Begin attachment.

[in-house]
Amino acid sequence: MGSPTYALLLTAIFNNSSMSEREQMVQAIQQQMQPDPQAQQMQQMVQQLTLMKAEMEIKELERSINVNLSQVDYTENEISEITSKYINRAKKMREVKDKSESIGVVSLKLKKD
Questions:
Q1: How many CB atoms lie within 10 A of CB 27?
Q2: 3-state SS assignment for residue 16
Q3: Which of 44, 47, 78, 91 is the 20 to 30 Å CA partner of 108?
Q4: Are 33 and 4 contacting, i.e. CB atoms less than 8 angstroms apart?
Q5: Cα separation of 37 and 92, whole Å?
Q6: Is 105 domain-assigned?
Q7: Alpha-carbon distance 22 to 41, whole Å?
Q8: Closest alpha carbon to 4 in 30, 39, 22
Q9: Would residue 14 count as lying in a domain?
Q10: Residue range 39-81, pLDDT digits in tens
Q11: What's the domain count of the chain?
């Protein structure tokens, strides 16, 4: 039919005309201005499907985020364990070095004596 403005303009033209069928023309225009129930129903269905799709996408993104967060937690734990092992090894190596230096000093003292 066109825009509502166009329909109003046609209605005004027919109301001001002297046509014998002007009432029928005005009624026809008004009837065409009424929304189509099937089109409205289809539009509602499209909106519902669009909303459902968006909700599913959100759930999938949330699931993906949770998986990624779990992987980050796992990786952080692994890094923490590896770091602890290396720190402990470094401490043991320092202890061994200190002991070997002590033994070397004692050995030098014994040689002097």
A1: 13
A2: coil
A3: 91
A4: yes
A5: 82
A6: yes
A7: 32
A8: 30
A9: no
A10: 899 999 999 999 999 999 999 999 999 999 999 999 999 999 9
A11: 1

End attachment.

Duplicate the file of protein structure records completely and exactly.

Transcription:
[in-house]
Amino acid sequence: MGSPTYALLLTAIFNNSSMSEREQMVQAIQQQMQPDPQAQQMQQMVQQLTLMKAEMEIKELERSINVNLSQVDYTENEISEITSKYINRAKKMREVKDKSESIGVVSLKLKKD
Questions:
Q1: How many CB atoms lie within 10 A of CB 27?
Q2: 3-state SS assignment for residue 16
Q3: Which of 44, 47, 78, 91 is the 20 to 30 Å CA partner of 108?
Q4: Are 33 and 4 contacting, i.e. CB atoms less than 8 angstroms apart?
Q5: Cα separation of 37 and 92, whole Å?
Q6: Is 105 domain-assigned?
Q7: Alpha-carbon distance 22 to 41, whole Å?
Q8: Closest alpha carbon to 4 in 30, 39, 22
Q9: Would residue 14 count as lying in a domain?
Q10: Residue range 39-81, pLDDT digits in tens
Q11: What's the domain count of the chain?
């Protein structure tokens, strides 16, 4: 039919005309201005499907985020364990070095004596 403005303009033209069928023309225009129930129903269905799709996408993104967060937690734990092992090894190596230096000093003292 066109825009509502166009329909109003046609209605005004027919109301001001002297046509014998002007009432029928005005009624026809008004009837065409009424929304189509099937089109409205289809539009509602499209909106519902669009909303459902968006909700599913959100759930999938949330699931993906949770998986990624779990992987980050796992990786952080692994890094923490590896770091602890290396720190402990470094401490043991320092202890061994200190002991070997002590033994070397004692050995030098014994040689002097």
A1: 13
A2: coil
A3: 91
A4: yes
A5: 82
A6: yes
A7: 32
A8: 30
A9: no
A10: 899 999 999 999 999 999 999 999 999 999 999 999 999 999 9
A11: 1